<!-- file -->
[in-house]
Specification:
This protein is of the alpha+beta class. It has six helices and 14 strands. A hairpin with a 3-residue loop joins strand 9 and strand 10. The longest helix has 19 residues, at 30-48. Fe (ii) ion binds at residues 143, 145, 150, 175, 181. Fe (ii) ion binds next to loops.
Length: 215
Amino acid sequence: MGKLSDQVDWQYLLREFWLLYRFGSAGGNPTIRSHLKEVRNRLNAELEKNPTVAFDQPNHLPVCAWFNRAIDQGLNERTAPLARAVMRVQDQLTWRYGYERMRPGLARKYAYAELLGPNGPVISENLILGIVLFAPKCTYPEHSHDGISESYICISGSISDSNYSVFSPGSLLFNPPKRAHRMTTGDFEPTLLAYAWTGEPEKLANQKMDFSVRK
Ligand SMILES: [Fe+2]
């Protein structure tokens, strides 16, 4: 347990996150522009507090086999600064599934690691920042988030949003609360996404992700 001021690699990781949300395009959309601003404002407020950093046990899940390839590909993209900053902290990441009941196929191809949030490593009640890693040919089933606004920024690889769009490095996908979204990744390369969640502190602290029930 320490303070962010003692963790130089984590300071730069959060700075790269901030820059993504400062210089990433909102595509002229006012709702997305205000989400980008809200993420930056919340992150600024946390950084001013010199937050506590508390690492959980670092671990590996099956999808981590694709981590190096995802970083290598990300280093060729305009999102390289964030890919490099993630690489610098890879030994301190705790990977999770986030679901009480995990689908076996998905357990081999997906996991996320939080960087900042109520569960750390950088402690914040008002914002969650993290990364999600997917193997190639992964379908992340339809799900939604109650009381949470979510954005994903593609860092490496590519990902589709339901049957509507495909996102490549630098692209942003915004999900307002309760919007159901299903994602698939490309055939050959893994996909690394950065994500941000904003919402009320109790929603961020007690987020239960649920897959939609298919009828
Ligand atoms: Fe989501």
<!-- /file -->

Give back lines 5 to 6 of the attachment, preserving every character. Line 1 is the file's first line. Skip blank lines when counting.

Amino acid sequence: MGKLSDQVDWQYLLREFWLLYRFGSAGGNPTIRSHLKEVRNRLNAELEKNPTVAFDQPNHLPVCAWFNRAIDQGLNERTAPLARAVMRVQDQLTWRYGYERMRPGLARKYAYAELLGPNGPVISENLILGIVLFAPKCTYPEHSHDGISESYICISGSISDSNYSVFSPGSLLFNPPKRAHRMTTGDFEPTLLAYAWTGEPEKLANQKMDFSVRK
Ligand SMILES: [Fe+2]